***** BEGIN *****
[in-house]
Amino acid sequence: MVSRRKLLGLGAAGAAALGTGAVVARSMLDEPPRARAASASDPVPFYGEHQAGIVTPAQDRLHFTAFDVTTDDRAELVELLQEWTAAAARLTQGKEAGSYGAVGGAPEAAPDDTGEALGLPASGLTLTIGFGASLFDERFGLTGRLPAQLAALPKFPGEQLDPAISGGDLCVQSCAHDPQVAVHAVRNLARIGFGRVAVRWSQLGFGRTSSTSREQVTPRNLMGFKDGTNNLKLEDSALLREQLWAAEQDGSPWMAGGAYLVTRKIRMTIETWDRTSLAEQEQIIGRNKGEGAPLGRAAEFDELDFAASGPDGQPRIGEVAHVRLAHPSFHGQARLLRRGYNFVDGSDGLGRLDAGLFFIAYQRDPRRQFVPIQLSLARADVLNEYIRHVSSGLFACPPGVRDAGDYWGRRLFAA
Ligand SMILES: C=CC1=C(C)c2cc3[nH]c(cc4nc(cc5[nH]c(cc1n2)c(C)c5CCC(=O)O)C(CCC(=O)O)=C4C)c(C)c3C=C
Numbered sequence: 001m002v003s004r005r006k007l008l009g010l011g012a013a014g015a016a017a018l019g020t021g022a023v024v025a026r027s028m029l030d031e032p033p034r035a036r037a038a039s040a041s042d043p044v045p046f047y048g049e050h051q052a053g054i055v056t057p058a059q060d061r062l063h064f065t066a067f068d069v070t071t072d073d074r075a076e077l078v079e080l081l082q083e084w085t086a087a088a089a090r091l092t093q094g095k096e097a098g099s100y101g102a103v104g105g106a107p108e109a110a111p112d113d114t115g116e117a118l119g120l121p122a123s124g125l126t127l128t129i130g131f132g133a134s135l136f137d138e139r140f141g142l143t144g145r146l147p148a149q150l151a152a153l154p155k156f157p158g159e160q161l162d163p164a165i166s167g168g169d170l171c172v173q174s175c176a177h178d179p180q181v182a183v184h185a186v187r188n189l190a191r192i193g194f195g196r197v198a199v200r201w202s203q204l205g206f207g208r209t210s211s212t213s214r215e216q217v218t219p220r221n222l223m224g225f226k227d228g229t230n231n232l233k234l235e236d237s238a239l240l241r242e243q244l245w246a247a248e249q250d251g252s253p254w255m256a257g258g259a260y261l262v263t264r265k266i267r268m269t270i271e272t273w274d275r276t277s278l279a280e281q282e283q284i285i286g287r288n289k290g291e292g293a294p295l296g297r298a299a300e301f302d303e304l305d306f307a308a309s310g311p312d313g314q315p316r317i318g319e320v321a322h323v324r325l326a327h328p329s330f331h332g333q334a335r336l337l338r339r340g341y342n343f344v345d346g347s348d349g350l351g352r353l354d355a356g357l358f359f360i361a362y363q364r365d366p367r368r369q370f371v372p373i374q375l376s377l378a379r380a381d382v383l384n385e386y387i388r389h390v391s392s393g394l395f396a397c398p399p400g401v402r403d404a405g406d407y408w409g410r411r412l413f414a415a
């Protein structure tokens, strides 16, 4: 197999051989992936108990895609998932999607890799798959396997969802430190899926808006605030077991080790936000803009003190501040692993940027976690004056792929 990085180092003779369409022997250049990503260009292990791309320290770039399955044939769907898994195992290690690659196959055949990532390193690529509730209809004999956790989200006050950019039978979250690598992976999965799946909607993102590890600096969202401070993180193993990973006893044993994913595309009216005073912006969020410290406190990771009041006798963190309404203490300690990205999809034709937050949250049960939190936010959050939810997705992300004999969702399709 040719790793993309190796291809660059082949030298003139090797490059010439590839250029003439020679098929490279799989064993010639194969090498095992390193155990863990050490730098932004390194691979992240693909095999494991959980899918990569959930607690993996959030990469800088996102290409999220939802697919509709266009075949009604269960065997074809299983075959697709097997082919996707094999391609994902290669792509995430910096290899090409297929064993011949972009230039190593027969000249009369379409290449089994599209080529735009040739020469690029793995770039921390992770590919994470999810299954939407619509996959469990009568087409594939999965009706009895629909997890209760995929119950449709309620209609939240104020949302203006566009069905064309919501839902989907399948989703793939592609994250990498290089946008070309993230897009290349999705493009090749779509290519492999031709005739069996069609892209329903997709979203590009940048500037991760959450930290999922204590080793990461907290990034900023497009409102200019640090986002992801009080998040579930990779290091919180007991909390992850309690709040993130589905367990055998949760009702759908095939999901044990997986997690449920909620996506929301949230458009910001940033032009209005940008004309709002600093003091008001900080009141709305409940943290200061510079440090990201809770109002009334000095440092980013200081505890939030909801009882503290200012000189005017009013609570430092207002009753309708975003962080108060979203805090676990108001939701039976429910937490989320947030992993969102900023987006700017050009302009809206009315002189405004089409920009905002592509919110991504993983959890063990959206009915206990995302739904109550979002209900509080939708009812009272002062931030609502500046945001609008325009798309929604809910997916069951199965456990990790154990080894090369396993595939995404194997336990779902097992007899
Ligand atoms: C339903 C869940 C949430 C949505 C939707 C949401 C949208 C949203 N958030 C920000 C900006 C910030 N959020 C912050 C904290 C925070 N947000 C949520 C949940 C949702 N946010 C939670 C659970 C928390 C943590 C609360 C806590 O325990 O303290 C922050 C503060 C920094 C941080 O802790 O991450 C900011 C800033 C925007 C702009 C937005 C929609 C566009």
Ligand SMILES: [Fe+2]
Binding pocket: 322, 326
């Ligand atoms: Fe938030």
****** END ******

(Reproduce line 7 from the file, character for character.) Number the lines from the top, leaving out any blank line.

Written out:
Ligand SMILES: [Fe+2]